The Jurisdictional Certainty Over Digital Commerce Act, sponsored by Rep. Cliff Stearns, R-Fla., would reserve to Congress the right to regulate "commercial transactions of digital goods and services conducted through the Internet," thereby leaving states out of the loop. It would cover purely digital items, such as downloaded software, e-books and music files.
"These types of transactions are inherently interstate in nature and their regulation by state and local entities could significantly increase transaction costs and stymie development of this commerce," Stearns said.
The bill comes as Congress is reviewing a slew of proposals on how to deal with the Internet tax issue, including whether to extend a moratorium on Internet-specific taxes, which is set to expire this October.
Under a Supreme Court ruling, states are currently prohibited from requiring out-of-state companies to collect local taxes unless the companies have a physical presence in the state. That effectively exempts most Internet companies and other mail-order firms from having to charge sales tax.
Critics argue that the current state of affairs puts an undue burden on local stores and unfairly deprives states of revenue. But proponents argue that placing special taxes on e-commerce would hinder its development. And requiring merchants to slog through regulations specific to 50 states and countless other local authorities would be nearly impossible.
"It is not in the public interest to have thousands of disparate and inconsistent regulations, including taxation, apply to transactions in digital goods and digital services carried out entirely online," Stearns said in a news release.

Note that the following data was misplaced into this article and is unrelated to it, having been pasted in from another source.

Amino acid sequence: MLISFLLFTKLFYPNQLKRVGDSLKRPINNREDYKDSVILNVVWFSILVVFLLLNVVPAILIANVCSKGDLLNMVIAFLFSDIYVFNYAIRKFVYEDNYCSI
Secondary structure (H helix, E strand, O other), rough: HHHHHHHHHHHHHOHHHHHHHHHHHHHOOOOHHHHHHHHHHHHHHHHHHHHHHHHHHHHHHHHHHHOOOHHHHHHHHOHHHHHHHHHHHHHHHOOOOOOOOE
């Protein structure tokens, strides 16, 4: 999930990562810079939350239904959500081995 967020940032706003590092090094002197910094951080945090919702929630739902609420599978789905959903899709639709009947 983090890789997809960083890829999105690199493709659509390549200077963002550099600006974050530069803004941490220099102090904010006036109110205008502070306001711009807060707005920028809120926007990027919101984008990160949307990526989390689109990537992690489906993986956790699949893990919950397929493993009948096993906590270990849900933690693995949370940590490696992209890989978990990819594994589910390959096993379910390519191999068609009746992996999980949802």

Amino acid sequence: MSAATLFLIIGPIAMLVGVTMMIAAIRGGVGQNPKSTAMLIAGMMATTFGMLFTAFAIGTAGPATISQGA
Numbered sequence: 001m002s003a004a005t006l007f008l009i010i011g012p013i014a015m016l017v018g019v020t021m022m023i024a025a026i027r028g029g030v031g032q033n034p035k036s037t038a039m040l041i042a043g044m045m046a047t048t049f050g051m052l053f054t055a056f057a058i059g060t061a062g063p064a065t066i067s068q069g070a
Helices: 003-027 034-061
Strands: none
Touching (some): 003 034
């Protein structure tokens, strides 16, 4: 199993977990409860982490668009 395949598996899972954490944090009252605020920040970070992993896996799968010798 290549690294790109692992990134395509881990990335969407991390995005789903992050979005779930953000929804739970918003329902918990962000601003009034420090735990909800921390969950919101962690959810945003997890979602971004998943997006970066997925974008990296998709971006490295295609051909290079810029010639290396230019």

The National Governors' Association and other states' rights groups are backing a bill from Sen. Byron Dorgan, D-N.D., that would extend the moratorium on new taxes and set up a system where Congress and the states would work out a streamlined sales tax system. But some critics contend that a streamlined system wouldn't necessarily be any less complicated, and could set up serious constitutional issues.
The Stearns bill may in fact be a warning signal to the Senate that Dorgan's simplification approach is not necessarily going over well with everyone.
Dorgan's bill would essentially be setting up a "national taxing scheme," said Stearns staffers. That has caused some considerable concern because it sets up a precedent for states to tax vendors who have no nexus with their state.
"There's substantial impact for more penny-ante regulations by states and locales," said one staffer, who asked to be nameless.
Stearns' office said the types of digital goods and services covered under his bill currently make up only 0.8 percent of total online sales. But critics charge that the bill goes too far in an attempt to rein in state regulation.
The digital services aspect of the bill could potentially be interpreted to cover everything from online banking to gambling to buying a car, said Frank Schaffroth, spokesman for the National Governors' Association. If all digital services were covered by Stearns' bill, states wouldn't be allowed to collect many taxes on Internet commerce.
"This is one of the most extraordinary preemptions of state and local authority and existing revenues that I have seen in years," he said. "What its implications are, it's almost beyond perception."
The bill could also cause problems as digital commerce goes offline, said Aram Sinnreich, a Jupiter senior analyst.
"One of the trends we're seeing is a blurring of the lines on what constitutes a digital product as opposed to a physical product," he said.
"Moreover, we increasingly see sales of digital products through offline methods. If (Congress has) the ability to regulate digital music files sold at Barnes&Noble.com, do they also have the ability to regulate digital music files sold through a kiosk at a Barnes & Noble store?"